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The photon model (2013)

Page history last edited by Joe Redish 3 years, 7 months ago

Working Content > Three models of light




Perhaps the strangest of all the models of light is the photon model. In Newton's 17th century "colored particle" or ray model, light consists of little particles moving very fast. Their paths form "light rays". In Huygens' model, developed at about the same time as Newton's, light was an oscillating wave -- Huygen's conjectured the vibration of some material filling all space -- an "ether". In the 19th century, Maxwell showed that what was oscillating were electric and magnetic fields -- no vibrating matter needed. Color was determined by the frequency of the oscillating fields.


But as the 19th century progressed and more and more was learned about matter and how it interacted with light, it became increasingly clear that none of the models really could construct a reasonable description of the emission and absorption of light by matter.


The solution was constructed by Einstein in the early years of the 20th century (in Einstein's "miracle year" of 1905 in which he solved 3 major problems and changed the way we look at much of physics). How this model was developed is a fascinating story -- that we will explore elsewhere. But the bottom line is that Einstein in some way combined the two models. In Einstein's picture, photons are packets of energy that can interact with matter and which are absorbed or emitted in discrete units.  One photon can be absorbed by an atom or molecule and typically results in the system being excited to a higher energy state.  It is not possible to absorb half of a photon if you only need half as much energy.  Photons occur in integer numbers. 


The sounds a lot like Newton's particles, but here's the catch. The amount of momentum (p) and energy (E) that a photon has can be calculated from Einstein’s photon equations. Our wave number k and angular velocity ω associated with a traveling sinusoidal wave become wave stand-ins for the particle properties of momentum and energy. All you have to do is multiply by Planck's constant, ℏ.

Of course since we know how k is related to wavelength, λ, and how ω is related to frequency, f  (see Making sense of sinusoidal waves) we can simplify this by changing to λ and f. This looks better if we use Planck's constant h instead of h-bar since then the 2π's cancel.

or to summarize


We could also easily express the energy in terms of the wavelength using


λf = c

where c is the speed of light, giving


E = hc/λ.


Therefore, the amount of energy of a photon is directly linked to its wavelength. Longer wavelength photons have lower energy than shorter wavelength photons.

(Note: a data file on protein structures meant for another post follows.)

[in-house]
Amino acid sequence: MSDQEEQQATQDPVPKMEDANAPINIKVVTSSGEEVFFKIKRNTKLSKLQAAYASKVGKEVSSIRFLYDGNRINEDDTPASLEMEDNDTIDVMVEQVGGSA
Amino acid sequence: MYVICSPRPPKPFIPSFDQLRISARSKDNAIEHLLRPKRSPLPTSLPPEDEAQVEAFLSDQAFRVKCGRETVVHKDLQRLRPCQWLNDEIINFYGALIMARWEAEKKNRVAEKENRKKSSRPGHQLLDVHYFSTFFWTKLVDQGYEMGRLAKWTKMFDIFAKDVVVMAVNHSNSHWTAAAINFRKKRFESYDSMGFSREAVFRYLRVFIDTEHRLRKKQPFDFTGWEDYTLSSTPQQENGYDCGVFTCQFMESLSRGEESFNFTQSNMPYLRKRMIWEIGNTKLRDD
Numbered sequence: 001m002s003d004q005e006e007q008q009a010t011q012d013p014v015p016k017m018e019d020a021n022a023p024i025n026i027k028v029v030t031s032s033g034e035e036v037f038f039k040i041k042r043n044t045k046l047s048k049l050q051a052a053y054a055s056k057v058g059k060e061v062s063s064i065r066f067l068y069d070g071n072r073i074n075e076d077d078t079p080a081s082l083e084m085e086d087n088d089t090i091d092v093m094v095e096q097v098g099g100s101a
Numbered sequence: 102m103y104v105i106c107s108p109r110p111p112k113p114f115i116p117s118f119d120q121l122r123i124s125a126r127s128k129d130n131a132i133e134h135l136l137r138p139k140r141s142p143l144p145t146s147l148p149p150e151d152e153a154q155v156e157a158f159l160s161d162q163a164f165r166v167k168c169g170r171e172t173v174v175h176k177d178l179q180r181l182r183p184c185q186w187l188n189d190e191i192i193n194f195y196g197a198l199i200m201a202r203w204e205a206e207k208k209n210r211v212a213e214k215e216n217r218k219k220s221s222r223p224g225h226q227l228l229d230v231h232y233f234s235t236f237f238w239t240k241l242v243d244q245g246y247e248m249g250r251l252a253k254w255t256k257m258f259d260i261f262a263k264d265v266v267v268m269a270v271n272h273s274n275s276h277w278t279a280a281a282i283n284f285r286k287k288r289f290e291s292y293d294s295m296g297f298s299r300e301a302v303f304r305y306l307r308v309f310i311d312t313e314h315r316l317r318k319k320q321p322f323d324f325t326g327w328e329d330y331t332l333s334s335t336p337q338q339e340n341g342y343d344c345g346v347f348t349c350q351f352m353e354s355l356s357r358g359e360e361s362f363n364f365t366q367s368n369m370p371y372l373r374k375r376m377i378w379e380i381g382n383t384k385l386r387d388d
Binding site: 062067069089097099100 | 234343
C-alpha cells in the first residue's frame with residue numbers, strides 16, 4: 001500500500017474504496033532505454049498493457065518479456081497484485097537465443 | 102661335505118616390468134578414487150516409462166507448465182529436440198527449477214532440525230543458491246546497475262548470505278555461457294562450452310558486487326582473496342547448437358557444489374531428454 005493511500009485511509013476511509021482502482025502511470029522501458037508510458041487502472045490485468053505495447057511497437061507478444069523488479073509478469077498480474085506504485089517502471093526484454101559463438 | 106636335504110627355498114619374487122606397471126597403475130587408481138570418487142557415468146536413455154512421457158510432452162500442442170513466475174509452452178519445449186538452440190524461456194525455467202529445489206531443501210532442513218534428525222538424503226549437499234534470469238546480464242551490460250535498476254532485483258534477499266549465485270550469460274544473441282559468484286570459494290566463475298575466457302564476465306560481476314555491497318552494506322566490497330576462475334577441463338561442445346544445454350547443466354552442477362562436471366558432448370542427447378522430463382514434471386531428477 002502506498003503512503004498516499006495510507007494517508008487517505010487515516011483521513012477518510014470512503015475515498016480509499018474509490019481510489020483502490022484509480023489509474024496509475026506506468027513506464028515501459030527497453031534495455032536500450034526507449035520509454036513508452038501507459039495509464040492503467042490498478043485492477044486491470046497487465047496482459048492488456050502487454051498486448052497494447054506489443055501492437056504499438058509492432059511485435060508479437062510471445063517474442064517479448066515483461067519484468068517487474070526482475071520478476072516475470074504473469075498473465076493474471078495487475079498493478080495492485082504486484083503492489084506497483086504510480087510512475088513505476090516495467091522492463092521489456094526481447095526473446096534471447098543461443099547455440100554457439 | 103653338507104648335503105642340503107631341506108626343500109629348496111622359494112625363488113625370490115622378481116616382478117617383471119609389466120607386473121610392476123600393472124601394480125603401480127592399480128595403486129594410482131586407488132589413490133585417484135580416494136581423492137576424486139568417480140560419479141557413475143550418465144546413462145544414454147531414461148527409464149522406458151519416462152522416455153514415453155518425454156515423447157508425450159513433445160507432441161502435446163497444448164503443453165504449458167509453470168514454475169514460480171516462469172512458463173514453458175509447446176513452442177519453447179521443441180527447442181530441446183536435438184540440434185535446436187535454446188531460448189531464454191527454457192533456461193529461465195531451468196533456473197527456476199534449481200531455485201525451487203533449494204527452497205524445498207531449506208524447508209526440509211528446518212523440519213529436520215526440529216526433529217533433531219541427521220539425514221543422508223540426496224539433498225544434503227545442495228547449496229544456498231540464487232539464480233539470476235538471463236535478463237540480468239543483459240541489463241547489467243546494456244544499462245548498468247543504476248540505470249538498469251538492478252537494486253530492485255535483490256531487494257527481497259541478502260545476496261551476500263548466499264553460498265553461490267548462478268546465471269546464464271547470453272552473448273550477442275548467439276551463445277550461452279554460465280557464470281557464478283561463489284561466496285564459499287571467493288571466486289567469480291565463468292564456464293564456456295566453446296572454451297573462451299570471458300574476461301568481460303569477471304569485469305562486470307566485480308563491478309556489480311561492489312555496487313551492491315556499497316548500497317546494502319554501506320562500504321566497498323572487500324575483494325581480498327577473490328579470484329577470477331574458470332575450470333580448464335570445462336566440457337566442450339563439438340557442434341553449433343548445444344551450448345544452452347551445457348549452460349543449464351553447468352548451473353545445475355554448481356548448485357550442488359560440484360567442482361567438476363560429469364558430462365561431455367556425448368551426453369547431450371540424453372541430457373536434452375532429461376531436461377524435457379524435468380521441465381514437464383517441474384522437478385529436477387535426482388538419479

In this equation, h is Planck's constant, h = 6.626 x 10-34 J s, and c is the speed of light, c = 3.0 x 108 m/s. This is not particularly convenient for atomic and molecular systems since we typically don't use Joules for an atom (though we do for moles of them). When thinking about single atoms and molecules interacting with light a more convenient way to express the constants is


hc = 1240 eV nm


For most purposes, a convenient mnemonic is "hc = 1234 eV nm". That's off by less than 1% and easily allows you to remember how many places there are. This is a convenient form for working with atomic and molecular systems.


Using this information, we can determine how many photons there are in a light source such as a laser. Lasers emit a stream of photons (or a beam of light). The amount of light emitted is typically given in Watts (where 1 Watt equals 1 Joule per second). A classroom laser pointer is often red in color, and has a wavelength of 650 nm, and a power of 3 mW. The amount of energy in a single photon at this wavelength is just E = 6.626 x 10-34 J s * 2.998 x 108 m/s / 650 x 10-9 m which is 3 x 10-19 J per photon. Since the laser has 3 mW of power, this means that there are 3 x 10-3 J / s / 3 x 10-19 J/photon = 1016 photons per second coming out of that laser. Not bad for a small hand held device!


Although up to now it seems like photons are just particles, you should be troubled by the fact that your particles have wave properties. This is true of everything at the quantum level. Things are even worse for photons, since we will show that a single photon can interfere with itself (a wave property), photons can get "entangled" (a quantum property) and know about each others' states even when they are far apart, and the "number" of photons in a system might not be a well defined property. While you wont need most of the quantum weirdness associated with photons for most biological applications (where all that is involved is energy conservation), the quantum properties of photons are looking extremely promising as ways to probe biological systems. Look forward to some really spectacularly interesting uses of photons in biology in the not too distant future!





  Workout: The photon model


Karen Carleton and Joe Redish

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